How did most of you guys start out?

Long time lurker, First time post.

I was just curious to see how most of you started out in the home inspection business? I know a majority of you had prior construction history. I myself am starting off fresh…with basically no knowledge in the field. I am self driven and have been given an excellent opportunity to join a good friend of mine that’s already a founder and inspector of his personal home inspection business. Give it to me bluntly :wink:

Get out while you can. Find another interest.

With no background in construction at all you are going to have many issues. Not to be mean but you will be lacking the basic background and knowledge that is needed as even the bare minimal to even begin the long journey of continuing knowledge needed to be a good home inspector.
First you will need to get licensed which will take time in some approved training school or program, then the state licensing fees, not to mention the bare minimal start up costs like tools, insurance, marketing material…yada yada yada. If you are in a decent area and are good at marketing yourself then after all the stuff I mentioned first, this can be a good profession, but it is no free ride if thats what you have been told.:cool:

3 Years high expenses Little income … 90% failure rate

A very good read

I started out as a general contractor. The lender who was borrowing me the money on my houses, stop by every house I completed. He asked me to perform some Rural Development inspections. One lender told another. Took a few years until I went full time inspecting.

Sad but true.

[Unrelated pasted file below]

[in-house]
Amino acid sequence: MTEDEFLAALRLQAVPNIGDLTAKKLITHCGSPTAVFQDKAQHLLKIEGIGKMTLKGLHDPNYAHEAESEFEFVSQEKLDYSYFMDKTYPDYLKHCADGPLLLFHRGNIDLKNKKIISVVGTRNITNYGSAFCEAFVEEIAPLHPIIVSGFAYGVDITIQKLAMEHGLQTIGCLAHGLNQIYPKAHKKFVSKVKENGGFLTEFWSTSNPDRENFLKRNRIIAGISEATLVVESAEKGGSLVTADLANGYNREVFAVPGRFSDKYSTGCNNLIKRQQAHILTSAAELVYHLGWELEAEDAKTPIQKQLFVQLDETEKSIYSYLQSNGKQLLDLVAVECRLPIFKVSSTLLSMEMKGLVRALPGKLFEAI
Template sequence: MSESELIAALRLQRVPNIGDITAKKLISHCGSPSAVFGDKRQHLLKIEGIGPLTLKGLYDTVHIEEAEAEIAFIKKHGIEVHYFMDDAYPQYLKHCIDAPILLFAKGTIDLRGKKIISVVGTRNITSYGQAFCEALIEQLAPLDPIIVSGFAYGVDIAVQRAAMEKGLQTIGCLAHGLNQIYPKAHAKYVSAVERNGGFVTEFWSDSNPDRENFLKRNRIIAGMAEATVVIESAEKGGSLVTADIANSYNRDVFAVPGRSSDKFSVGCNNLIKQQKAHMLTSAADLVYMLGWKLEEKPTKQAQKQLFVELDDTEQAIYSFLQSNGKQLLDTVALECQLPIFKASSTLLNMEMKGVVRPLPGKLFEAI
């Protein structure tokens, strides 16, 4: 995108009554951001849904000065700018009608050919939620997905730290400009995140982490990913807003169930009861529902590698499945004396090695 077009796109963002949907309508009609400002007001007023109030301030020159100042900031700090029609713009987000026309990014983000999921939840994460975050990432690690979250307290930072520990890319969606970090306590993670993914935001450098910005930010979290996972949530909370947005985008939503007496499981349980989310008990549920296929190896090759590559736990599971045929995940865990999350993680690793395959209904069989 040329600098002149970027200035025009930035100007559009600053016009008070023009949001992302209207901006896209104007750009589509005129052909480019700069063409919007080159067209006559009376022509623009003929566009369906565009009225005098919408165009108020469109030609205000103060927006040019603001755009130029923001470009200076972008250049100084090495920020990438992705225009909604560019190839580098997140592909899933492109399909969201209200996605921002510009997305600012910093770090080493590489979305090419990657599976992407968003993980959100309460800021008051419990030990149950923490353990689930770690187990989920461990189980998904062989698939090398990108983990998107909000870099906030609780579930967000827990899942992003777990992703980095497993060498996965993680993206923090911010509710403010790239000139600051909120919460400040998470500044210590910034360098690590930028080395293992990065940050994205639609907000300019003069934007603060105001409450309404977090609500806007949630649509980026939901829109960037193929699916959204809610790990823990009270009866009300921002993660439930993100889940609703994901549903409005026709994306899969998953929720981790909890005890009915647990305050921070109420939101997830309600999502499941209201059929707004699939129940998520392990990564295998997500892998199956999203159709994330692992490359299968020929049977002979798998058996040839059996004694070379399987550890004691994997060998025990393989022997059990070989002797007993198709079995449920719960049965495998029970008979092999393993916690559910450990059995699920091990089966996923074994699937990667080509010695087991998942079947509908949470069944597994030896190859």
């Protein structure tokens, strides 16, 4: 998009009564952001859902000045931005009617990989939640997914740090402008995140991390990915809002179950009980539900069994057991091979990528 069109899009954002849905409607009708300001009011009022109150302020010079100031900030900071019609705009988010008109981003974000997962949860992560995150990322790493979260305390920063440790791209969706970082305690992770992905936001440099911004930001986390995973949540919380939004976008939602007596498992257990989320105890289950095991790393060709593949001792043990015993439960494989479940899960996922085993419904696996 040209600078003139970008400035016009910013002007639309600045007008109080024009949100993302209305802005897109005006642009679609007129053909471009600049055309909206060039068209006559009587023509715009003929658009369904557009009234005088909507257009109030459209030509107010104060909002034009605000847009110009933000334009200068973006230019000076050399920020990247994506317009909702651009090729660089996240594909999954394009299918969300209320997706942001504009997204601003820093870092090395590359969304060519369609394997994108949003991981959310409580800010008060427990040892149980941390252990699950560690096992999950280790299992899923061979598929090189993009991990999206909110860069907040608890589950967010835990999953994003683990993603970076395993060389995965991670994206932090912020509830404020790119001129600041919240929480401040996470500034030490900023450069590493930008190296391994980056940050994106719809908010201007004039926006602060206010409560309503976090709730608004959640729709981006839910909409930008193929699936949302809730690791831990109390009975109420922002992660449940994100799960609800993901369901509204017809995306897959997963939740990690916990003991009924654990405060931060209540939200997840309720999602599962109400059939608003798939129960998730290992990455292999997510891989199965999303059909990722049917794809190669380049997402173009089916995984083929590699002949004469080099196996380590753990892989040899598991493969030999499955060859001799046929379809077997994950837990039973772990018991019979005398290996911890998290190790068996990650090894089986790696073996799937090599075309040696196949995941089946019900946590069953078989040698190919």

I was a real estate broker for Arvida, After pulling my hair out with horrible inspectors, awful reports and general incompetence, I developed a report based on digital photography ( hot stuff back then) and created an inspection company on a whim.

Having a background in real estate and a mortgage license as well as having a remodeling company and being a private real estate investor (purchasing homes, renovating, renting and then selling after the obligatory 2 years) were paramount to my success.

After all was said and done I kept the home inspection company and quit remodeling and repairs as well as real estate.

very slowly :wink:

You don’t need to be an ex-drywall hanger to be a good inspector, but you need to be knowledgeable and have decent people skills to do well. Study the profession of being an inspector and gain practical experience with the most experienced, knowledgeable inspector you can find. No class or course is going to teach what you will learn from an experienced inspector in a real world environment.

Like most people who undertake new business ventures, most new inspection companies will fail.

When I first went into the inspection business, I moved about 300 miles to a town outside of Philadelphia where I had never been. I started my inspection business from one of those self-storage units with only a battery-powered camping lantern and a cell phone. My first inspection call was only about 10 miles away, but having been in town only a week or so, I didn’t where it was and so turned it down thinking it was too far away. I then looked it up on a map and kicked myself. My next investment was a wall map of the surrounding area. Anyway, within 90 days of starting up, I had huge office space, a full-time administrator and 4 inspectors. I took home (for just myself) over $1,000 a day, every day, except for Christmas for 5.5 years. I fed my family of 4 on that income and still managed to save nearly a million dollars in those 5.5 years. I would have made more but I was competing head-to-head with member Joe Hagarty. Looking back on it, he and I should have merged. I then sold the company to my employees and carried the note for them for another 5 years at zero interest. It was a nice run.


I had experience in Electronics. I was a patriot Missile Engineer for the military and then with a company called Raytheon.